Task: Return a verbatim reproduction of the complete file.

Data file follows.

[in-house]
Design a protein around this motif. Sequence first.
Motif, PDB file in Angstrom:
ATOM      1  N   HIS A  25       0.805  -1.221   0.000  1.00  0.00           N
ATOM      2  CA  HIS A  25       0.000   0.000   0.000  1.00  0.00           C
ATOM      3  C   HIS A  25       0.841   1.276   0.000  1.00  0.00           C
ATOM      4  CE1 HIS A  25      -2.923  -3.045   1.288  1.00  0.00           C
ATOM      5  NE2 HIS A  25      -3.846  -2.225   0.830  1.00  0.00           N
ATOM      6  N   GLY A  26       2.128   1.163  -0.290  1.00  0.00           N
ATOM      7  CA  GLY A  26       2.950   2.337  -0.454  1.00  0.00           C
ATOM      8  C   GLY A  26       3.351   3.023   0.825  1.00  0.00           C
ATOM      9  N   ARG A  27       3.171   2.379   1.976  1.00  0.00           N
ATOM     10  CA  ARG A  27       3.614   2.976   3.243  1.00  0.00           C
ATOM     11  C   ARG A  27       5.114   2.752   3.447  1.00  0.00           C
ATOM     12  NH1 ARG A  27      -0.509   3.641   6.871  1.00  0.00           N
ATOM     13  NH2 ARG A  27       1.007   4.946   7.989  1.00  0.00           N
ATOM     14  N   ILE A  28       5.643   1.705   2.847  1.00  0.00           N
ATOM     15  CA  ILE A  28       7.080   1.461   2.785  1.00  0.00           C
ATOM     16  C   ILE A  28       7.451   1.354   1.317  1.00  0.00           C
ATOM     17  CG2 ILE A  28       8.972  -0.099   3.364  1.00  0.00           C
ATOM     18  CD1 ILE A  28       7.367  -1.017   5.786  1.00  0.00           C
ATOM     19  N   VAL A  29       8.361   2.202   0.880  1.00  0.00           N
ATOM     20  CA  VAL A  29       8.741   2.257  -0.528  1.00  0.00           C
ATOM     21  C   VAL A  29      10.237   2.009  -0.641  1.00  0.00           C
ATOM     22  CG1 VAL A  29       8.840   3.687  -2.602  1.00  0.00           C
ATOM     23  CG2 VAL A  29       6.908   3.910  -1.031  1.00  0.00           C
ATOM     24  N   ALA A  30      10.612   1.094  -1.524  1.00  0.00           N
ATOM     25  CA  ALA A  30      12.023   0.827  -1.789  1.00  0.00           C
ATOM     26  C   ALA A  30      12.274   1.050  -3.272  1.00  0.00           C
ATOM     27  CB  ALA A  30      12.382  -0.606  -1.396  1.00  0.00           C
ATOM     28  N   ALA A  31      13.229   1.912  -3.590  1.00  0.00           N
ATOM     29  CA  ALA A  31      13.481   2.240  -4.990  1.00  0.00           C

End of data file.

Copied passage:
[in-house]
Design a protein around this motif. Sequence first.
Motif, PDB file in Angstrom:
ATOM      1  N   HIS A  25       0.805  -1.221   0.000  1.00  0.00           N
ATOM      2  CA  HIS A  25       0.000   0.000   0.000  1.00  0.00           C
ATOM      3  C   HIS A  25       0.841   1.276   0.000  1.00  0.00           C
ATOM      4  CE1 HIS A  25      -2.923  -3.045   1.288  1.00  0.00           C
ATOM      5  NE2 HIS A  25      -3.846  -2.225   0.830  1.00  0.00           N
ATOM      6  N   GLY A  26       2.128   1.163  -0.290  1.00  0.00           N
ATOM      7  CA  GLY A  26       2.950   2.337  -0.454  1.00  0.00           C
ATOM      8  C   GLY A  26       3.351   3.023   0.825  1.00  0.00           C
ATOM      9  N   ARG A  27       3.171   2.379   1.976  1.00  0.00           N
ATOM     10  CA  ARG A  27       3.614   2.976   3.243  1.00  0.00           C
ATOM     11  C   ARG A  27       5.114   2.752   3.447  1.00  0.00           C
ATOM     12  NH1 ARG A  27      -0.509   3.641   6.871  1.00  0.00           N
ATOM     13  NH2 ARG A  27       1.007   4.946   7.989  1.00  0.00           N
ATOM     14  N   ILE A  28       5.643   1.705   2.847  1.00  0.00           N
ATOM     15  CA  ILE A  28       7.080   1.461   2.785  1.00  0.00           C
ATOM     16  C   ILE A  28       7.451   1.354   1.317  1.00  0.00           C
ATOM     17  CG2 ILE A  28       8.972  -0.099   3.364  1.00  0.00           C
ATOM     18  CD1 ILE A  28       7.367  -1.017   5.786  1.00  0.00           C
ATOM     19  N   VAL A  29       8.361   2.202   0.880  1.00  0.00           N
ATOM     20  CA  VAL A  29       8.741   2.257  -0.528  1.00  0.00           C
ATOM     21  C   VAL A  29      10.237   2.009  -0.641  1.00  0.00           C
ATOM     22  CG1 VAL A  29       8.840   3.687  -2.602  1.00  0.00           C
ATOM     23  CG2 VAL A  29       6.908   3.910  -1.031  1.00  0.00           C
ATOM     24  N   ALA A  30      10.612   1.094  -1.524  1.00  0.00           N
ATOM     25  CA  ALA A  30      12.023   0.827  -1.789  1.00  0.00           C
ATOM     26  C   ALA A  30      12.274   1.050  -3.272  1.00  0.00           C
ATOM     27  CB  ALA A  30      12.382  -0.606  -1.396  1.00  0.00           C
ATOM     28  N   ALA A  31      13.229   1.912  -3.590  1.00  0.00           N
ATOM     29  CA  ALA A  31      13.481   2.240  -4.990  1.00  0.00           C